What Type of DIY Face Mask Gives Best Protection?


Health Editor’s Note: It is recommended that we wear face masks while out in public, especially when we cannot keep a physical distance of at least 6 feet or more.  I recommend not being in spaces where you cannot physically distance yourself from the next person.

Bottom line: During this coronavirus pandemic, while face masks may be uncomfortable to wear, trust me on this, having to have a ventilator breathe for you is far more disconcerting. We see thousands more cases of coronavirus daily and with that come deaths.

Despite what naysayers would have you believe, wearing a face mask does not cause you give up any of your rights as an individual. Wearing a mask cuts down on the spread of the virus laden droplets that come from your mouth and nose..Carol

The best DIY face mask material and fit? Quilting cotton beats bandana, new study suggests

by Katie Hunt/CNN

(CNN)Wearing face masks and coverings is recommended, or in some places mandatory, in public spaces to help stop the spread of Covid-19.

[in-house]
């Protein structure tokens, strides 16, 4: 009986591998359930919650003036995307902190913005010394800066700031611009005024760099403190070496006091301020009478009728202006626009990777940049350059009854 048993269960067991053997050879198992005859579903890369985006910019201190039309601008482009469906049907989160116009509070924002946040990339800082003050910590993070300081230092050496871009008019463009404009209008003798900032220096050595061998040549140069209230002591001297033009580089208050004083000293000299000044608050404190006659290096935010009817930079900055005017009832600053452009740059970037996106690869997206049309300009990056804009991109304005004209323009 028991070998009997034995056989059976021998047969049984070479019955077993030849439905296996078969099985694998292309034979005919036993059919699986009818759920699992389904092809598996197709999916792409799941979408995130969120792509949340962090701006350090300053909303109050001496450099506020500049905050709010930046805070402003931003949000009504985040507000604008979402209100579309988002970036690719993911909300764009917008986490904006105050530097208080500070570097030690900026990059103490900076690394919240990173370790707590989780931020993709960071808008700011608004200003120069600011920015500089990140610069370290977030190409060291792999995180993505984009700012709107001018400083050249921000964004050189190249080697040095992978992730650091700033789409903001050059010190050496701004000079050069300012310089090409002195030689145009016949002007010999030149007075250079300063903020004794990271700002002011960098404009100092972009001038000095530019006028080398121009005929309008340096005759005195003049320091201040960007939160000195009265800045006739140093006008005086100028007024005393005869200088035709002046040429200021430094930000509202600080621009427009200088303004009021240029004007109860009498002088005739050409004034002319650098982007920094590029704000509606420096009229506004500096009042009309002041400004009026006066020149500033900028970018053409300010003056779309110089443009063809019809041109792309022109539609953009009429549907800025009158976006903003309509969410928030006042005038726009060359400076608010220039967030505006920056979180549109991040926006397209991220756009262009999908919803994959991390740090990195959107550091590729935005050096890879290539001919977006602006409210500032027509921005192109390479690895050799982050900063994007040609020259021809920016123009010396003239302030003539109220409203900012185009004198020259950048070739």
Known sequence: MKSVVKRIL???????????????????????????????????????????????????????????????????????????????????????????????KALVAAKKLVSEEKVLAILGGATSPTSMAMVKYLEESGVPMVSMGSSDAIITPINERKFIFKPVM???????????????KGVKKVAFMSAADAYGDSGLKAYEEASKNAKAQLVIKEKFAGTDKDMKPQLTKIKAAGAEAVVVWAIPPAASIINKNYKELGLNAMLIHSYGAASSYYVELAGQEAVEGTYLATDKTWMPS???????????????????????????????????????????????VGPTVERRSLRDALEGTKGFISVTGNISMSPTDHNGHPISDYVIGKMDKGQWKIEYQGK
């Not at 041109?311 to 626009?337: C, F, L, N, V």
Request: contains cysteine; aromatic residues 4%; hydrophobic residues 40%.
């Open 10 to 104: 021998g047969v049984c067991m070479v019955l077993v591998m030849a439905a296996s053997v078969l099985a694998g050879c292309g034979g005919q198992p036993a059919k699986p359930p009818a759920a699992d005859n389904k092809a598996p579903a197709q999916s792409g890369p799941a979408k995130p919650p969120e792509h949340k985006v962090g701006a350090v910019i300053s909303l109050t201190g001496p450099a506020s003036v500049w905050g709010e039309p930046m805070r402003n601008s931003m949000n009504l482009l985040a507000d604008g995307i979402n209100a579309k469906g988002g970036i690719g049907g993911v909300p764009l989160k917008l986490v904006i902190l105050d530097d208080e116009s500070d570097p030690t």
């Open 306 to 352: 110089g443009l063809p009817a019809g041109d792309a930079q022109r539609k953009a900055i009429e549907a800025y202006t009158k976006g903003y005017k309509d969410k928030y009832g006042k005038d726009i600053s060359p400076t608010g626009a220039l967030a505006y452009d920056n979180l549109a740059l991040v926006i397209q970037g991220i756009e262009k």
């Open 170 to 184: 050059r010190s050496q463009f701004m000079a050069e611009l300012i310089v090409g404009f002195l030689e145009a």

But what kind of DIY face covering offers the best protection?
Researchers at Florida Atlantic University have experimented with different materials and styles of non-medical masks and found that a well-fitted stitched mask made from two layers of quilting fabric was the most effective in stopping the spread of droplets from emulated coughs and sneezes.
They also compared a loosely folded homemade face mask, such as one you could make with a handkerchief or T-shirt, a bandana-style face covering and a cone-style non-sterile commercial mask that is usually available at pharmacies.
The researchers said they chose to test these styles of face covering because they are readily available to the general public and do not draw away from the supply of medical-grade masks and respirators for health care workers.
“While there are a few prior studies on the effectiveness of medical-grade equipment, we don’t have a lot of information about the cloth-based coverings that are most accessible to us at present,” said Siddhartha Verma, an assistant professor at the department of ocean and mechanical engineering at Florida…read more:

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